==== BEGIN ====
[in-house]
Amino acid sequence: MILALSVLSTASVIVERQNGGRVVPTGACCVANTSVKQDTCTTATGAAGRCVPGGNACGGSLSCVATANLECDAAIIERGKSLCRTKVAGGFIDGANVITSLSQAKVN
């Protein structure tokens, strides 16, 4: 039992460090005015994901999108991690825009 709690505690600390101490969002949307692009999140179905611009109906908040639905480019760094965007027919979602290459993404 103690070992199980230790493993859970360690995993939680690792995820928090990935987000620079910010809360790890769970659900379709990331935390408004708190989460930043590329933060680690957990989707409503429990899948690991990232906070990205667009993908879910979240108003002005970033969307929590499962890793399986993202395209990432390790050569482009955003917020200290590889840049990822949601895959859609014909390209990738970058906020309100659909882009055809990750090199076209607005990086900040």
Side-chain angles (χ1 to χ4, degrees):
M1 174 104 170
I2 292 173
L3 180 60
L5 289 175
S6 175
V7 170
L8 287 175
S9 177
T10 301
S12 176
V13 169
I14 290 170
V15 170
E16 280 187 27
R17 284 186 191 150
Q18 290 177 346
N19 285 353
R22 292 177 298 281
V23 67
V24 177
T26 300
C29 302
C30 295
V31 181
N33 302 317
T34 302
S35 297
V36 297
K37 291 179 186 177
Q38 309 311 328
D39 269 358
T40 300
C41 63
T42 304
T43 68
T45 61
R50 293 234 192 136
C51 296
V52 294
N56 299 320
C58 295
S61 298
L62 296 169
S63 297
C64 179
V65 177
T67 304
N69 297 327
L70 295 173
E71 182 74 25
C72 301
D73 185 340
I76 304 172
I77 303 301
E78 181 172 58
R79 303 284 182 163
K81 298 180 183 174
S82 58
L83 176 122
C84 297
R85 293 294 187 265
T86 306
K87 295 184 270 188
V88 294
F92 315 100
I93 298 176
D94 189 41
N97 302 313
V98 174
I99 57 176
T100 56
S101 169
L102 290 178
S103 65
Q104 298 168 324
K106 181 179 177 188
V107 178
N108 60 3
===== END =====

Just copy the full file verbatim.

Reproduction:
[in-house]
Amino acid sequence: MILALSVLSTASVIVERQNGGRVVPTGACCVANTSVKQDTCTTATGAAGRCVPGGNACGGSLSCVATANLECDAAIIERGKSLCRTKVAGGFIDGANVITSLSQAKVN
């Protein structure tokens, strides 16, 4: 039992460090005015994901999108991690825009 709690505690600390101490969002949307692009999140179905611009109906908040639905480019760094965007027919979602290459993404 103690070992199980230790493993859970360690995993939680690792995820928090990935987000620079910010809360790890769970659900379709990331935390408004708190989460930043590329933060680690957990989707409503429990899948690991990232906070990205667009993908879910979240108003002005970033969307929590499962890793399986993202395209990432390790050569482009955003917020200290590889840049990822949601895959859609014909390209990738970058906020309100659909882009055809990750090199076209607005990086900040």
Side-chain angles (χ1 to χ4, degrees):
M1 174 104 170
I2 292 173
L3 180 60
L5 289 175
S6 175
V7 170
L8 287 175
S9 177
T10 301
S12 176
V13 169
I14 290 170
V15 170
E16 280 187 27
R17 284 186 191 150
Q18 290 177 346
N19 285 353
R22 292 177 298 281
V23 67
V24 177
T26 300
C29 302
C30 295
V31 181
N33 302 317
T34 302
S35 297
V36 297
K37 291 179 186 177
Q38 309 311 328
D39 269 358
T40 300
C41 63
T42 304
T43 68
T45 61
R50 293 234 192 136
C51 296
V52 294
N56 299 320
C58 295
S61 298
L62 296 169
S63 297
C64 179
V65 177
T67 304
N69 297 327
L70 295 173
E71 182 74 25
C72 301
D73 185 340
I76 304 172
I77 303 301
E78 181 172 58
R79 303 284 182 163
K81 298 180 183 174
S82 58
L83 176 122
C84 297
R85 293 294 187 265
T86 306
K87 295 184 270 188
V88 294
F92 315 100
I93 298 176
D94 189 41
N97 302 313
V98 174
I99 57 176
T100 56
S101 169
L102 290 178
S103 65
Q104 298 168 324
K106 181 179 177 188
V107 178
N108 60 3